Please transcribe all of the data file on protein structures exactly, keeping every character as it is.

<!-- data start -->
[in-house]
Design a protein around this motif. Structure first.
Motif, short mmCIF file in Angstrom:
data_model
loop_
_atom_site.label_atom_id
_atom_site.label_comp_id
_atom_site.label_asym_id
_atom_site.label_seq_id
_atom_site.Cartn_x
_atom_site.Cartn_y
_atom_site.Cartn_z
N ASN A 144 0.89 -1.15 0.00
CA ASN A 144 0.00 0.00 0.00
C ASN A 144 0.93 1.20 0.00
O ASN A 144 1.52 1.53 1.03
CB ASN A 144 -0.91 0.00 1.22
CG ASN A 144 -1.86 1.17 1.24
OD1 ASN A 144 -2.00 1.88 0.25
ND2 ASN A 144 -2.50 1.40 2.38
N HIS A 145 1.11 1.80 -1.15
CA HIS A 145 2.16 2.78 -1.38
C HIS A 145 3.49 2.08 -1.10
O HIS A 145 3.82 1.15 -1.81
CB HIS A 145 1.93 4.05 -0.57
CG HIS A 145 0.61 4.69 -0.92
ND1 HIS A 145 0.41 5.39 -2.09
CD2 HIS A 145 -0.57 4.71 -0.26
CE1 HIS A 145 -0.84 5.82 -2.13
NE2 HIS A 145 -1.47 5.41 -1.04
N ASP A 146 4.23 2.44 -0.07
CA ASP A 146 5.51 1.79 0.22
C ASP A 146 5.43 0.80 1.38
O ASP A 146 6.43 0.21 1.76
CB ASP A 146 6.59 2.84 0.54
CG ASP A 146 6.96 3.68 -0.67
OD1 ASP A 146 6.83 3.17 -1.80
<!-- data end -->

[in-house]
Design a protein around this motif. Structure first.
Motif, short mmCIF file in Angstrom:
data_model
loop_
_atom_site.label_atom_id
_atom_site.label_comp_id
_atom_site.label_asym_id
_atom_site.label_seq_id
_atom_site.Cartn_x
_atom_site.Cartn_y
_atom_site.Cartn_z
N ASN A 144 0.89 -1.15 0.00
CA ASN A 144 0.00 0.00 0.00
C ASN A 144 0.93 1.20 0.00
O ASN A 144 1.52 1.53 1.03
CB ASN A 144 -0.91 0.00 1.22
CG ASN A 144 -1.86 1.17 1.24
OD1 ASN A 144 -2.00 1.88 0.25
ND2 ASN A 144 -2.50 1.40 2.38
N HIS A 145 1.11 1.80 -1.15
CA HIS A 145 2.16 2.78 -1.38
C HIS A 145 3.49 2.08 -1.10
O HIS A 145 3.82 1.15 -1.81
CB HIS A 145 1.93 4.05 -0.57
CG HIS A 145 0.61 4.69 -0.92
ND1 HIS A 145 0.41 5.39 -2.09
CD2 HIS A 145 -0.57 4.71 -0.26
CE1 HIS A 145 -0.84 5.82 -2.13
NE2 HIS A 145 -1.47 5.41 -1.04
N ASP A 146 4.23 2.44 -0.07
CA ASP A 146 5.51 1.79 0.22
C ASP A 146 5.43 0.80 1.38
O ASP A 146 6.43 0.21 1.76
CB ASP A 146 6.59 2.84 0.54
CG ASP A 146 6.96 3.68 -0.67
OD1 ASP A 146 6.83 3.17 -1.80